Gallery: Albert Lea Family Y holds an indoor triathlon

Published 10:29 am Monday, February 24, 2014

Macy Thorson cheers on her mom, Megan, at the Albert Lea Family Y Indoor Triathlon on Saturday. — Tiffany Krupke/Albert Lea Tribune

Macy Thorson cheers on her mom, Megan, at the Albert Lea Family Y Indoor Triathlon on Saturday. — Tiffany Krupke/Albert Lea Tribune

The inaugural Albert Lea Family Y Indoor Triathlon brought friends and family together to compete and cheer each other on.

One thing was for sure; there was no shortage of family support.

Jasmin Murphy was confident her dad, Adam, would win. She said she would probably cheer him on.

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“He’s too fast of a swimmer,” Jasmin said. “I can’t even see him.”

Jud Thorson was cheering on his wife, Megan.

“She’s doing really well,” Jud said. “She was a state champion swimmer, and she has been working really hard.”

Megan said she hopes that by competing in the triathlon she will set a good example for her three children, including 6-year-old Macy, who watched as her mom competed on the exercise bike.

“She likes to watch and be my cheerleader,” Megan said. “I hope my good habits will rub off on her.”

As the clock ran out and Megan finished biking, Macy began to clap and cheer.

Will Smith was one of the younger athletes but was not new to triathlons. He worked together with his family, one of only two teams this year.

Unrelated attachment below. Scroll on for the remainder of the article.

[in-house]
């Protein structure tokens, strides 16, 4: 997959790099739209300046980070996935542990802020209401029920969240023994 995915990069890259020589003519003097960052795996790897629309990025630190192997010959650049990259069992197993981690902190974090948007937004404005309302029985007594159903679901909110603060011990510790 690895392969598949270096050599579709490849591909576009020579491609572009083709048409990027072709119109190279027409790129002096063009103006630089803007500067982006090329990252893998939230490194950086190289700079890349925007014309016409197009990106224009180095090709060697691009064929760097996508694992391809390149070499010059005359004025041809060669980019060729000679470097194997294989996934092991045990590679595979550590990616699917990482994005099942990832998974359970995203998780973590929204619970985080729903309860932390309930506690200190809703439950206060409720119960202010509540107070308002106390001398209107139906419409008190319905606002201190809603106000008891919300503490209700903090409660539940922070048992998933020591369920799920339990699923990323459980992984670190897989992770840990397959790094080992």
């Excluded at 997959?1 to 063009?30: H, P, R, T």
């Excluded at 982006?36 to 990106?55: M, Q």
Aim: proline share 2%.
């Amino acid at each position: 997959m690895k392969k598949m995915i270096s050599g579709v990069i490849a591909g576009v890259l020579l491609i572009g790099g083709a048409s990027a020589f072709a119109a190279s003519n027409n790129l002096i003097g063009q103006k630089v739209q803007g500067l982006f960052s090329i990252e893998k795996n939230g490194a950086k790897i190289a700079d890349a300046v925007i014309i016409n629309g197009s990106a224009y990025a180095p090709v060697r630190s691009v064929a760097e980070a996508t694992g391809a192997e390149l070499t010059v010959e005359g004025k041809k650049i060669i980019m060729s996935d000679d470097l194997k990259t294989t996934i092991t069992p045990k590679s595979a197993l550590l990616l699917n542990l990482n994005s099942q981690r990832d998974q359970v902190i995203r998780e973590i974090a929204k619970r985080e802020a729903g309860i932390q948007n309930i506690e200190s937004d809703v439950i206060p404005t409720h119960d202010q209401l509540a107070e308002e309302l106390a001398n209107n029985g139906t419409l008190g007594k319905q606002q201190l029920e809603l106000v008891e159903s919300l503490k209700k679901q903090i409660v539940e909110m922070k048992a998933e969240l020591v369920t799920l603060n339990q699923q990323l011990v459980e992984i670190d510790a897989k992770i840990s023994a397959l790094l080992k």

Smith said he does his best work on the bike.

“My legs are strong and I have been working hard,” Smith said. He has been preparing for almost a year. His dad, Lonnie, was competing on the team.

About 25 people competed this year, according to organizer Susie Hulst. Hulst was approached to do the triathlon because she had done one before.

“I said, ‘Let’s do it,’” Hulst said.

She worked with Robin Sailor, youth and aquatics director for the Albert Lea Family Y to organize the event. They have been planning since after November.

The triathlon began at 9 a.m. Saturday. Athletes were divided into groups of five, also known as waves. People in each wave were given 10 minutes to do as many laps as they could in the pool. In between the pool, there were 10 minutes for transition. Next, athletes tried to get as many miles as they could on a spinning bike. There were no requirements for resistance. A transition of five minutes was given between the bike and the track. There, athletes had 20 minutes to get as many laps as possible.

The athlete who went the farthest in each event received 100 points. All other scores were given as a percentage based on the highest distance.

Kelly Hendrickson helped people register for the triathlon.

“It is a good group of people,” Hendrickson said. “It is good that the Y is finding things for people to do in the winter.”

Hulst and other volunteers hope this triathlon won’t be the last for the Y. They plan to hold it again next year. One possible change they have in mind would be measuring watts on the bike instead of distance. Watts measure effort exerted and would even the playing field between genders.